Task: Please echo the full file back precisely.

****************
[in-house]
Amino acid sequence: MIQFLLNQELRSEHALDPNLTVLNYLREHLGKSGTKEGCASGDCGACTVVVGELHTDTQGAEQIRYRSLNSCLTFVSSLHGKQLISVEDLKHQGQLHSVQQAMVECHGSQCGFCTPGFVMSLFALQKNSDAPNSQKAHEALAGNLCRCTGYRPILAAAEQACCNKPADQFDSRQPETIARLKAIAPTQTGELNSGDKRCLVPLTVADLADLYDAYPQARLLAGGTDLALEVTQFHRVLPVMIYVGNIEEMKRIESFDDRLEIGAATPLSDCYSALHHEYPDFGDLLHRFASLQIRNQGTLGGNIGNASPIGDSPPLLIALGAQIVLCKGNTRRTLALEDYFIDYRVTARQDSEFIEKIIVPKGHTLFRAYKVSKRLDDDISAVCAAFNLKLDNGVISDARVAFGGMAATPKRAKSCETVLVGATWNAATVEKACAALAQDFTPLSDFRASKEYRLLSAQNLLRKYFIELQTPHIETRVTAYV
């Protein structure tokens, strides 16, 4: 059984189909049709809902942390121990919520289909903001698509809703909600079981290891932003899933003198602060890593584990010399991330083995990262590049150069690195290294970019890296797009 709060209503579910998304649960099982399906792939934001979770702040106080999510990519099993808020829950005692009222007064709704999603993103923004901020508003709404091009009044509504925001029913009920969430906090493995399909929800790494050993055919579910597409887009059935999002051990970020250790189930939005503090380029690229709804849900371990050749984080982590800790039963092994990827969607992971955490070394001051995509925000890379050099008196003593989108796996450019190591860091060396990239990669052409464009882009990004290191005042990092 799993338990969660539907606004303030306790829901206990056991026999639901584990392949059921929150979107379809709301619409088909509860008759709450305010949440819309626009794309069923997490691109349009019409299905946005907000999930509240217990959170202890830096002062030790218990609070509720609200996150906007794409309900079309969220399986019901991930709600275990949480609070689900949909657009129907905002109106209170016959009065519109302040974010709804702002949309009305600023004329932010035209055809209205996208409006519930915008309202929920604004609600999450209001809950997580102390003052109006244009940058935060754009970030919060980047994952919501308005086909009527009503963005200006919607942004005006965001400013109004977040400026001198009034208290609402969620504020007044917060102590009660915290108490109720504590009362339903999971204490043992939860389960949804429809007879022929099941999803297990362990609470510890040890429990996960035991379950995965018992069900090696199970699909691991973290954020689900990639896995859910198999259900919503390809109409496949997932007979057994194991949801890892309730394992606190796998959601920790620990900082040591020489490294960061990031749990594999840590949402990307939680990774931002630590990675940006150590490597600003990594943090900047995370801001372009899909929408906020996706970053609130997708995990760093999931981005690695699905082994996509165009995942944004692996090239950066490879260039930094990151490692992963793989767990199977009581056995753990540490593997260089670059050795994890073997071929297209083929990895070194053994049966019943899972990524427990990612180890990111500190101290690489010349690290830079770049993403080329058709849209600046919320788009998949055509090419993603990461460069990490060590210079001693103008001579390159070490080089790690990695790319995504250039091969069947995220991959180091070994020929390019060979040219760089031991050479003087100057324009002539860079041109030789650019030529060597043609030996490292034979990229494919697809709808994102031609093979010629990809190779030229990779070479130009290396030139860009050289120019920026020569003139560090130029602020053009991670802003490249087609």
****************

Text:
[in-house]
Amino acid sequence: MIQFLLNQELRSEHALDPNLTVLNYLREHLGKSGTKEGCASGDCGACTVVVGELHTDTQGAEQIRYRSLNSCLTFVSSLHGKQLISVEDLKHQGQLHSVQQAMVECHGSQCGFCTPGFVMSLFALQKNSDAPNSQKAHEALAGNLCRCTGYRPILAAAEQACCNKPADQFDSRQPETIARLKAIAPTQTGELNSGDKRCLVPLTVADLADLYDAYPQARLLAGGTDLALEVTQFHRVLPVMIYVGNIEEMKRIESFDDRLEIGAATPLSDCYSALHHEYPDFGDLLHRFASLQIRNQGTLGGNIGNASPIGDSPPLLIALGAQIVLCKGNTRRTLALEDYFIDYRVTARQDSEFIEKIIVPKGHTLFRAYKVSKRLDDDISAVCAAFNLKLDNGVISDARVAFGGMAATPKRAKSCETVLVGATWNAATVEKACAALAQDFTPLSDFRASKEYRLLSAQNLLRKYFIELQTPHIETRVTAYV
């Protein structure tokens, strides 16, 4: 059984189909049709809902942390121990919520289909903001698509809703909600079981290891932003899933003198602060890593584990010399991330083995990262590049150069690195290294970019890296797009 709060209503579910998304649960099982399906792939934001979770702040106080999510990519099993808020829950005692009222007064709704999603993103923004901020508003709404091009009044509504925001029913009920969430906090493995399909929800790494050993055919579910597409887009059935999002051990970020250790189930939005503090380029690229709804849900371990050749984080982590800790039963092994990827969607992971955490070394001051995509925000890379050099008196003593989108796996450019190591860091060396990239990669052409464009882009990004290191005042990092 799993338990969660539907606004303030306790829901206990056991026999639901584990392949059921929150979107379809709301619409088909509860008759709450305010949440819309626009794309069923997490691109349009019409299905946005907000999930509240217990959170202890830096002062030790218990609070509720609200996150906007794409309900079309969220399986019901991930709600275990949480609070689900949909657009129907905002109106209170016959009065519109302040974010709804702002949309009305600023004329932010035209055809209205996208409006519930915008309202929920604004609600999450209001809950997580102390003052109006244009940058935060754009970030919060980047994952919501308005086909009527009503963005200006919607942004005006965001400013109004977040400026001198009034208290609402969620504020007044917060102590009660915290108490109720504590009362339903999971204490043992939860389960949804429809007879022929099941999803297990362990609470510890040890429990996960035991379950995965018992069900090696199970699909691991973290954020689900990639896995859910198999259900919503390809109409496949997932007979057994194991949801890892309730394992606190796998959601920790620990900082040591020489490294960061990031749990594999840590949402990307939680990774931002630590990675940006150590490597600003990594943090900047995370801001372009899909929408906020996706970053609130997708995990760093999931981005690695699905082994996509165009995942944004692996090239950066490879260039930094990151490692992963793989767990199977009581056995753990540490593997260089670059050795994890073997071929297209083929990895070194053994049966019943899972990524427990990612180890990111500190101290690489010349690290830079770049993403080329058709849209600046919320788009998949055509090419993603990461460069990490060590210079001693103008001579390159070490080089790690990695790319995504250039091969069947995220991959180091070994020929390019060979040219760089031991050479003087100057324009002539860079041109030789650019030529060597043609030996490292034979990229494919697809709808994102031609093979010629990809190779030229990779070479130009290396030139860009050289120019920026020569003139560090130029602020053009991670802003490249087609």